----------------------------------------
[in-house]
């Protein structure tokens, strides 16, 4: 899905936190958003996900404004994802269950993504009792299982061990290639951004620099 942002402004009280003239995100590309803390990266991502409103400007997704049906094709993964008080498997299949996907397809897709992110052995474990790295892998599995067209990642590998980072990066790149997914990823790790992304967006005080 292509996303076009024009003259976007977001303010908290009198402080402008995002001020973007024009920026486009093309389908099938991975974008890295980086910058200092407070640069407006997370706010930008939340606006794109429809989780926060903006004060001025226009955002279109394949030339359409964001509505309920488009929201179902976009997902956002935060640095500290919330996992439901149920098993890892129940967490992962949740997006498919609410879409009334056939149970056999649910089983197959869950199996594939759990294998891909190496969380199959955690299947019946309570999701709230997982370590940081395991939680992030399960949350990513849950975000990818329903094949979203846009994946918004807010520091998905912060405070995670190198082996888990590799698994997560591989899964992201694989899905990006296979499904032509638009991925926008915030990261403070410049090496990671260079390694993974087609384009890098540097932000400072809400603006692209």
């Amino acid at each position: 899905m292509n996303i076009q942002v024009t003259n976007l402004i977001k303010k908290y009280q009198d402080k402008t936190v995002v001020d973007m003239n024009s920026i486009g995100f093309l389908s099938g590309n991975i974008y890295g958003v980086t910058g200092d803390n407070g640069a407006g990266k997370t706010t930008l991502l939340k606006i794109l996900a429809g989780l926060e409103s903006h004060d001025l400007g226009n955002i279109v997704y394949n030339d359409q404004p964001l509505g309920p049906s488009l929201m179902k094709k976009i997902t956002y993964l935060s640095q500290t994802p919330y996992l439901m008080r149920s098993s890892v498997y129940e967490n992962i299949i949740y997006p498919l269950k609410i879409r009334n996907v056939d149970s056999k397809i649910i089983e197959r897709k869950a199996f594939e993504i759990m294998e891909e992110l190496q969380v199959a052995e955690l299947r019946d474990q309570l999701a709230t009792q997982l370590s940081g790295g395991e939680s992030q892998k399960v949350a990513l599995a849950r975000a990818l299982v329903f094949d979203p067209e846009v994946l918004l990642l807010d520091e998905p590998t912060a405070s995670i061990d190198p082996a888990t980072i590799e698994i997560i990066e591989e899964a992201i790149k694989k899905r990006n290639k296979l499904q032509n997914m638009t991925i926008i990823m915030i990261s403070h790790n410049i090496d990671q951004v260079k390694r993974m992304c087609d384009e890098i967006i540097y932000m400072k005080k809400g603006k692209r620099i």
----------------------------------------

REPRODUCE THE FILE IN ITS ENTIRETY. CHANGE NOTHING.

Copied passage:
[in-house]
């Protein structure tokens, strides 16, 4: 899905936190958003996900404004994802269950993504009792299982061990290639951004620099 942002402004009280003239995100590309803390990266991502409103400007997704049906094709993964008080498997299949996907397809897709992110052995474990790295892998599995067209990642590998980072990066790149997914990823790790992304967006005080 292509996303076009024009003259976007977001303010908290009198402080402008995002001020973007024009920026486009093309389908099938991975974008890295980086910058200092407070640069407006997370706010930008939340606006794109429809989780926060903006004060001025226009955002279109394949030339359409964001509505309920488009929201179902976009997902956002935060640095500290919330996992439901149920098993890892129940967490992962949740997006498919609410879409009334056939149970056999649910089983197959869950199996594939759990294998891909190496969380199959955690299947019946309570999701709230997982370590940081395991939680992030399960949350990513849950975000990818329903094949979203846009994946918004807010520091998905912060405070995670190198082996888990590799698994997560591989899964992201694989899905990006296979499904032509638009991925926008915030990261403070410049090496990671260079390694993974087609384009890098540097932000400072809400603006692209």
């Amino acid at each position: 899905m292509n996303i076009q942002v024009t003259n976007l402004i977001k303010k908290y009280q009198d402080k402008t936190v995002v001020d973007m003239n024009s920026i486009g995100f093309l389908s099938g590309n991975i974008y890295g958003v980086t910058g200092d803390n407070g640069a407006g990266k997370t706010t930008l991502l939340k606006i794109l996900a429809g989780l926060e409103s903006h004060d001025l400007g226009n955002i279109v997704y394949n030339d359409q404004p964001l509505g309920p049906s488009l929201m179902k094709k976009i997902t956002y993964l935060s640095q500290t994802p919330y996992l439901m008080r149920s098993s890892v498997y129940e967490n992962i299949i949740y997006p498919l269950k609410i879409r009334n996907v056939d149970s056999k397809i649910i089983e197959r897709k869950a199996f594939e993504i759990m294998e891909e992110l190496q969380v199959a052995e955690l299947r019946d474990q309570l999701a709230t009792q997982l370590s940081g790295g395991e939680s992030q892998k399960v949350a990513l599995a849950r975000a990818l299982v329903f094949d979203p067209e846009v994946l918004l990642l807010d520091e998905p590998t912060a405070s995670i061990d190198p082996a888990t980072i590799e698994i997560i990066e591989e899964a992201i790149k694989k899905r990006n290639k296979l499904q032509n997914m638009t991925i926008i990823m915030i990261s403070h790790n410049i090496d990671q951004v260079k390694r993974m992304c087609d384009e890098i967006i540097y932000m400072k005080k809400g603006k692209r620099i």